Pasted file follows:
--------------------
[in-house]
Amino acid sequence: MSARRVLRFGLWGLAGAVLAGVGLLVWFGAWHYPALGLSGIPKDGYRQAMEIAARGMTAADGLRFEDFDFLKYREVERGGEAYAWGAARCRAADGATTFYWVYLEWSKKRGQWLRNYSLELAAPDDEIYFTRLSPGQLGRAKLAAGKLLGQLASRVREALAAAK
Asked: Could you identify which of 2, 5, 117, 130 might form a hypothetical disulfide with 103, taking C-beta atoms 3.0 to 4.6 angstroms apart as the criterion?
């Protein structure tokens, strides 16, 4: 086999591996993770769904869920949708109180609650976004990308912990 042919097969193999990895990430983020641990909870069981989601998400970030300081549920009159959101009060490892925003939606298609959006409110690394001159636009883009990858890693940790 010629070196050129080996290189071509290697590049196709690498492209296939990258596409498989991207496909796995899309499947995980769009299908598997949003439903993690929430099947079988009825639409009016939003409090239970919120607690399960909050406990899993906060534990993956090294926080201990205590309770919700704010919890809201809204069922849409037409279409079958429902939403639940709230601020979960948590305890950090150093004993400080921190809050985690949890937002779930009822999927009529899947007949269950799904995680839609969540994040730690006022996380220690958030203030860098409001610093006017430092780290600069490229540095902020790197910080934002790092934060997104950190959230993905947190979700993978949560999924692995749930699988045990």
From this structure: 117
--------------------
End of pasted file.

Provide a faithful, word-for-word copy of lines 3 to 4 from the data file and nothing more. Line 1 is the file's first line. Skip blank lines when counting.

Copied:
Asked: Could you identify which of 2, 5, 117, 130 might form a hypothetical disulfide with 103, taking C-beta atoms 3.0 to 4.6 angstroms apart as the criterion?
């Protein structure tokens, strides 16, 4: 086999591996993770769904869920949708109180609650976004990308912990 042919097969193999990895990430983020641990909870069981989601998400970030300081549920009159959101009060490892925003939606298609959006409110690394001159636009883009990858890693940790 010629070196050129080996290189071509290697590049196709690498492209296939990258596409498989991207496909796995899309499947995980769009299908598997949003439903993690929430099947079988009825639409009016939003409090239970919120607690399960909050406990899993906060534990993956090294926080201990205590309770919700704010919890809201809204069922849409037409279409079958429902939403639940709230601020979960948590305890950090150093004993400080921190809050985690949890937002779930009822999927009529899947007949269950799904995680839609969540994040730690006022996380220690958030203030860098409001610093006017430092780290600069490229540095902020790197910080934002790092934060997104950190959230993905947190979700993978949560999924692995749930699988045990």